Nowhere in culturally conservative Burma is it easier to find sex than in Mong La, a Sino-Burmese border town with a reputation for the illicit.
The Sino-Burmese border town of Mong La has long been a den of vice, but that hasn’t stopped Burma’s president from exhorting its economic success.
Golf leaf manufacturers in Mandalay say cheaper, machine-made foil—which is of lower quality—is now being used at Rangoon’s Shwedagon Pagoda.
A physicist from Armenia, a juice-maker from Bermuda and a Burmese sushi chef all join a program that applies the business incubator model to farming.
Yangon’s music scene is flowering, with an open mic night at Transit Shed No. 1 and a concert including world-class musicians at the National Theater.
In Myanmar and elsewhere in Southeast Asia, ghosts are said to haunt airports, popping up everywhere from cockpits to arrivals halls.
Despite the chance of negative reactions, many Burmese bypass the doctor’s office to buy prescription-only medicine without prescriptions, hoping to save money and time.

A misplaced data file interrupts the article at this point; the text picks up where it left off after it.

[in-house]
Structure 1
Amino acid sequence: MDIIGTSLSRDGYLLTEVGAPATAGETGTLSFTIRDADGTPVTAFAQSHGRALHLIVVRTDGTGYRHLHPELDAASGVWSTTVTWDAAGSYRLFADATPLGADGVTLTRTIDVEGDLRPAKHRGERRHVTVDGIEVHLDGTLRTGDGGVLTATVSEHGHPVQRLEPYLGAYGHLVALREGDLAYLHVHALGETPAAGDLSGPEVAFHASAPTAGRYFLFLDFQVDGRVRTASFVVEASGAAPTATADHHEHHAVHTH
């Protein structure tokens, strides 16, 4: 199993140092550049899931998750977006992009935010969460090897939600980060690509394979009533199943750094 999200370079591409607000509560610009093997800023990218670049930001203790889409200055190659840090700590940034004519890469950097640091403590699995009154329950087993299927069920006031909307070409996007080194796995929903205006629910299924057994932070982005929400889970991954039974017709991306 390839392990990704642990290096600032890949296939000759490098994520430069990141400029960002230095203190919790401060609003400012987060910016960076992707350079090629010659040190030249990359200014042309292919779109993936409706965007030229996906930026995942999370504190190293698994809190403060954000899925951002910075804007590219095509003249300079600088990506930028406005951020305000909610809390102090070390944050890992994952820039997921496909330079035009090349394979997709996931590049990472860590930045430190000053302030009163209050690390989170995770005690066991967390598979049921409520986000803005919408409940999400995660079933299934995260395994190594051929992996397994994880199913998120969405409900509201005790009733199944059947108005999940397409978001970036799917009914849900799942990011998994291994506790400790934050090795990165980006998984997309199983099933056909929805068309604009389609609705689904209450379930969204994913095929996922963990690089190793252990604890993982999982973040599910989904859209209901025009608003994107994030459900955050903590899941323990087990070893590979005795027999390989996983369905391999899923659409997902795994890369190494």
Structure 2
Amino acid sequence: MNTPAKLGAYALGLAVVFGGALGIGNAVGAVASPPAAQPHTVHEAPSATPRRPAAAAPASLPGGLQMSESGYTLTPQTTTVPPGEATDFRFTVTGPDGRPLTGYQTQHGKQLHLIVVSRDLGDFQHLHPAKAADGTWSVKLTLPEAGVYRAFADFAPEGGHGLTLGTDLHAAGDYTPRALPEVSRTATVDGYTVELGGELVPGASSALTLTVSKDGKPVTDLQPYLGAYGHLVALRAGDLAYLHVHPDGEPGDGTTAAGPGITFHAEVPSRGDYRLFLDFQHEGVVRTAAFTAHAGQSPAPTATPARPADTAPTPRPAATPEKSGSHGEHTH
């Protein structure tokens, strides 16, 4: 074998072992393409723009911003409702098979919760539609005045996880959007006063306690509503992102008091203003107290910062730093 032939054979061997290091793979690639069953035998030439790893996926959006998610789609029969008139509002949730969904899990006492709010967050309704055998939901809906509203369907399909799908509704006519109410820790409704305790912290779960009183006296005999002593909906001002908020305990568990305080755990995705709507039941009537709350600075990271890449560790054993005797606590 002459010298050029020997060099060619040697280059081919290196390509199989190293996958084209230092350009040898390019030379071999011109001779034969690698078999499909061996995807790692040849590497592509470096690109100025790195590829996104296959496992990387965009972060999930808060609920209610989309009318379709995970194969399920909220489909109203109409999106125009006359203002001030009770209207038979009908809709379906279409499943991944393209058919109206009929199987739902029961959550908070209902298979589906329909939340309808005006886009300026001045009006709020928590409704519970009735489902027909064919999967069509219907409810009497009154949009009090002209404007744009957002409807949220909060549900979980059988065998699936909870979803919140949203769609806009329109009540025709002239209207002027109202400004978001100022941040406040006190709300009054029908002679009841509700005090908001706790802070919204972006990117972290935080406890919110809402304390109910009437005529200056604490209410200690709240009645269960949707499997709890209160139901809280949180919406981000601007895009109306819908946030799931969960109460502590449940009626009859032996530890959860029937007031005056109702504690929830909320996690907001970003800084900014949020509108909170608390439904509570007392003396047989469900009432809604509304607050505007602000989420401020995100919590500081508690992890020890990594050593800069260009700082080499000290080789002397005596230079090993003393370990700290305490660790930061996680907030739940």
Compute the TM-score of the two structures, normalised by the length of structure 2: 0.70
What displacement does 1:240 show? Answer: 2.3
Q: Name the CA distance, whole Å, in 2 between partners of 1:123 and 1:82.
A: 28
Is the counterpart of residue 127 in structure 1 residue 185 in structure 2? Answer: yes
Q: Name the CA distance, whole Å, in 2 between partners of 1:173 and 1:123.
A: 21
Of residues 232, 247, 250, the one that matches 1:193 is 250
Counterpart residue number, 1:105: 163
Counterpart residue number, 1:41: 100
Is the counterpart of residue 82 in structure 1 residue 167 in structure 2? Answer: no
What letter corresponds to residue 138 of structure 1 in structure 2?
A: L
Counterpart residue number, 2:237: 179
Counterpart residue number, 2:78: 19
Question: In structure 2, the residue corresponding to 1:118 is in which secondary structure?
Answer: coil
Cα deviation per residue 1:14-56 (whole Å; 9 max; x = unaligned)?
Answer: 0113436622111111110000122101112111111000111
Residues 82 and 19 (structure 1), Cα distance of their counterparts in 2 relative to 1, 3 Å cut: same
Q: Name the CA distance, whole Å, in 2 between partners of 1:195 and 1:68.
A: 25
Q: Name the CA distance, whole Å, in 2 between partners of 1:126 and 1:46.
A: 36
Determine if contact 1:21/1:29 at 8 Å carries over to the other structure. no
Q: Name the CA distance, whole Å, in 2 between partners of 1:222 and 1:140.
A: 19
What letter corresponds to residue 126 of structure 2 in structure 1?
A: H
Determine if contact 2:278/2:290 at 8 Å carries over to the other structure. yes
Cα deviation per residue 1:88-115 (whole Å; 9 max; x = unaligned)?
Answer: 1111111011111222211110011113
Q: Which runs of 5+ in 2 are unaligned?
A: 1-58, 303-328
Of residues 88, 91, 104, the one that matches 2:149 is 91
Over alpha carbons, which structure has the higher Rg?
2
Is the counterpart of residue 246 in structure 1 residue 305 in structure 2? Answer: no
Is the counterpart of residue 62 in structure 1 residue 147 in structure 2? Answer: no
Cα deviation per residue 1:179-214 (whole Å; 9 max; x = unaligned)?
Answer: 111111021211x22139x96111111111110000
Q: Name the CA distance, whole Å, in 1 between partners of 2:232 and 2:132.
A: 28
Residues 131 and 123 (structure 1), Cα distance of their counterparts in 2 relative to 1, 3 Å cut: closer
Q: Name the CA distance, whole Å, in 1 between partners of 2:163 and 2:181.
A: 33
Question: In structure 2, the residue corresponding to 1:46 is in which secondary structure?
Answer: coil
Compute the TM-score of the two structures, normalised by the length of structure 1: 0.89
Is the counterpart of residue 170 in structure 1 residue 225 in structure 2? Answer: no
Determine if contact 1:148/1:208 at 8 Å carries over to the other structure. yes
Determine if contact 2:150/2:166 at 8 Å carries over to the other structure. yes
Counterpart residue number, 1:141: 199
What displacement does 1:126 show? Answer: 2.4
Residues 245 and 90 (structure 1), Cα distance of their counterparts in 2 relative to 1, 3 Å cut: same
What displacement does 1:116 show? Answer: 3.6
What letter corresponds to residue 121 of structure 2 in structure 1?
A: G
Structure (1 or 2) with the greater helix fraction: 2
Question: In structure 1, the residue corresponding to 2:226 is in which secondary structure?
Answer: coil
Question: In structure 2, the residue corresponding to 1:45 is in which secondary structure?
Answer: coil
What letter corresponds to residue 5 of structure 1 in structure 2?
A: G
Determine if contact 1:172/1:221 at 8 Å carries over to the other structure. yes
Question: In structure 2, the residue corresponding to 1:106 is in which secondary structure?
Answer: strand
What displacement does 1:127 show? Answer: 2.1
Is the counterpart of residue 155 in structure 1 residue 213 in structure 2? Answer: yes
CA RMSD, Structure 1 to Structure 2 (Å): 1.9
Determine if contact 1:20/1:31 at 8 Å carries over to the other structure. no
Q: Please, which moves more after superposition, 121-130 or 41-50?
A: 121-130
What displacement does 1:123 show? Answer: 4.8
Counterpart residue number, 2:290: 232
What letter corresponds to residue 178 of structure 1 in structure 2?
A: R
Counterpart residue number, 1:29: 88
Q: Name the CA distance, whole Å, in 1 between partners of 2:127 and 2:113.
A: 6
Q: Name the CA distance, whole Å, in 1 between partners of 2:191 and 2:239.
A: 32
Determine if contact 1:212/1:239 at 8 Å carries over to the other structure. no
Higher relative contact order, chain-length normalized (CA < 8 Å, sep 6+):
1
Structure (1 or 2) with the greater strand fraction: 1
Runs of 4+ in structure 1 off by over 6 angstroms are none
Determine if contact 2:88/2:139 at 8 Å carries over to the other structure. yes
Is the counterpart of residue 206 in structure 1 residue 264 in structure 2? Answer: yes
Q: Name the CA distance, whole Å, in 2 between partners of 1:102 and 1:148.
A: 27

An ethnic Karen woman finds support for her illness after moving to Thailand, where she now helps run a shelter for orphans and vulnerable women.
A 92-year-old Kachin man, who is living in a camp for internally displaced person, recalls his decades of fighting against—and for—the Tatmadaw.
A synagogue in central Yangon testifies to the resilience of the city’s Jewish community despite the many setbacks of the past.
Is there real science in the spiritualism of meditation? Elizabeth Blackburn, a Nobel Prize-winning biochemist in the United States, thinks so.
An art exhibition to honor Gen. Aung San opens on Saturday, the 67th anniversary of the independence hero’s assassination by a political rival in Rangoon.
On the upmarket resort island of Ko Tao, about 70 percent of workers in the tourism industry hail from southern Burma.
In Mrauk U, a campaign is under way to preserve religious edifices that date back to Arakanese kingdoms but have been neglected for years.
A creative musical challenges priorities in international efforts to end human trafficking.
A new book on the 30-year history of refugee camps on the Thai-Burmese border gives new insight into the unique way they were run.
Oil fields abandoned by Burma’s state-owned oil company have turned into a lawless arena for local drillers and petrol smugglers.
The commercial capital’s ubiquitous “sai kaa” cycle rickshaws support a sizeable workforce, and offer a unique way to see the city.
Burma’s vaunted “peace process” is in danger of collapsing, as the beating of war drums begins to drown out the sound of talks.
A Polish explorer travels to Hukawng Valley, which he describes as Burma in miniature — a place where the entire country’s problems are concentrated.